Just six months ago, the two leaders met in Jerusalem and signed a joint declaration marking half a century since the lifting of mutual excommunications and the beginning of a new era of improved relations between the Catholic and Orthodox Churches. So what are the expectations ahead of this latest encounter in the Patriarch’s headquarters at the Phanar in Istanbul? And how can the tiny Christian minority in Turkey help to promote better relations with the wider Muslim world?
To find answers to those questions, Philippa Hitchen spoke with Dominican Father Claudio Monge, director of a Centre for Cultural and Interreligious Dialogue in Istanbul….
Fr Claudio says Patriarch Bartholomew is a very important point of reference for the Christian world vis-à-vis the Turkish authorities and the Turkish state. At the same time, he notes that while the Orthodox leader has really fraternal relations with many people in the Catholic Church, that friendship is not always shared within the wider Greek-Orthodox community…..
While Fr Claudio believes the meeting in Turkey may not significantly change the relationship between the two local churches, he says there is a wider importance as both Catholics and Orthodox pray for the pan-Orthodox Synod that Bartholomew is trying to organize for 2016. “We are convinced that this is not only a very important goal for the Orthodox world, but for the whole of Christianity, in Europe and in the Middle East,” Fr Claudio says, since improved relationships between the different Orthodox churches may help them “ to give a new face, a new hope to the Christians in this area, that is majority Islamic, Islamic area.”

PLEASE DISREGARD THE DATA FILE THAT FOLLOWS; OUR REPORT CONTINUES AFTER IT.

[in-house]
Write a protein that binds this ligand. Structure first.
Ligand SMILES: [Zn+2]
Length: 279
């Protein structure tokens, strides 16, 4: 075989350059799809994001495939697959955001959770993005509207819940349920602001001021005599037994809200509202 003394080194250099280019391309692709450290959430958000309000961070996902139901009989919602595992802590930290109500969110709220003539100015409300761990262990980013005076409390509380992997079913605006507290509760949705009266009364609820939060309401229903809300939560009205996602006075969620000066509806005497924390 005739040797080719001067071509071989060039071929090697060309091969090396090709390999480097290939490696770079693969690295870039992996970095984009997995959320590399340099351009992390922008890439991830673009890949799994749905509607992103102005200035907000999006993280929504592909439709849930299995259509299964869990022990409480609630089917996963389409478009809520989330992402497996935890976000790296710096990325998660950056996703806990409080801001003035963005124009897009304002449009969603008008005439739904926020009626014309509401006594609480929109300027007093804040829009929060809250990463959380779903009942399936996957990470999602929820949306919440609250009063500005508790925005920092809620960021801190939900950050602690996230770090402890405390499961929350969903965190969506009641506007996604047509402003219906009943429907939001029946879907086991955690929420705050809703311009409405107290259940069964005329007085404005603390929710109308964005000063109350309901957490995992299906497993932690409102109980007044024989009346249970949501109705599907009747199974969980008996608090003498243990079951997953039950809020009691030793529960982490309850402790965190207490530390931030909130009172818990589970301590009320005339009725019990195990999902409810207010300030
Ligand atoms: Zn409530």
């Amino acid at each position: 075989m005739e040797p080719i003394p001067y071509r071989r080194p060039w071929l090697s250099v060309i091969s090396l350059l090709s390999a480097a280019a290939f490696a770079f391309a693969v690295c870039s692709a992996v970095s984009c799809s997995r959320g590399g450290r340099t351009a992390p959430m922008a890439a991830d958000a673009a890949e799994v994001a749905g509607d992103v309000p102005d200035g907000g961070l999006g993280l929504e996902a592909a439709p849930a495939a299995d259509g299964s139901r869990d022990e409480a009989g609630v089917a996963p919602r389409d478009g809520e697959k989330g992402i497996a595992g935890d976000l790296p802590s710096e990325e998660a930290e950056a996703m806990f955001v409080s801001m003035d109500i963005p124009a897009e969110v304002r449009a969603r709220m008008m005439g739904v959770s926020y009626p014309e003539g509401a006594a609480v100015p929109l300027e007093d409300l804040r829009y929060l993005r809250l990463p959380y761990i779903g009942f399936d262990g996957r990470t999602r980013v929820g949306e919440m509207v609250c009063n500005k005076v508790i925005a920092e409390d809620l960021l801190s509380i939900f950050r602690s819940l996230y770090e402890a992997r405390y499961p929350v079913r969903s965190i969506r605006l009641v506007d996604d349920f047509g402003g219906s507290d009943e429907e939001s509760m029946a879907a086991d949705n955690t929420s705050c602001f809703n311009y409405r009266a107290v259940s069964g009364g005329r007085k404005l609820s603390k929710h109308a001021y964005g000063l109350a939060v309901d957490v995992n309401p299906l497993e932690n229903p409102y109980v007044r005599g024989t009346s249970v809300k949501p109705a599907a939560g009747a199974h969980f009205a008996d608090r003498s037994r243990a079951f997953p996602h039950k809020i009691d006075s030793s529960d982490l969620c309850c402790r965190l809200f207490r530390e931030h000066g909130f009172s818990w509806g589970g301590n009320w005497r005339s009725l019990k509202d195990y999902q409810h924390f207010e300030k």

Regarding the role of interfaith dialogue in Turkey today, Fr Claudio says it’s not possible to talk about Christian –Muslim dialogue as a “dialogue of systems”. The Islamic world, he says, is very, diverse, very complex and real dialogue is always dialogue between believers who can meet together “in daily life for the common question of living together, but also for spiritual and even theological reasons.” Fr Claudio says he’s increasingly convinced that “real believers are concerned of the importance to be together as believers, witnesses of a new hope in a world that suffers a lot, a world that is characterized by violence, and where human life and dignity are very often forgotten.” It is a huge task, he continues, to build bridges between believers and although religion may be instrumentalized by a populist political vision, more and more people are against such exploitation, preferring to see religion as “ a resource to build a new relationships between countries and people.”
Asked if he believes the Pope’s words can have any impact on the political situation in the region, Fr Claudio says: “I think so…… I am more and more convinced that for example as Christian and Muslims, we define God as creator. And it’s more and more difficult to accept, among real believers, that a creator can destroy and can let lives be destroyed in such a way….. The challenge, he says, is how to translate and give shape at political level to this “ very deep feeling” but he says more and more people are saying--- “Not in my name”—the famous hashtag that many Muslim people all over the world started a few weeks ago speaking for example about violence and so on..”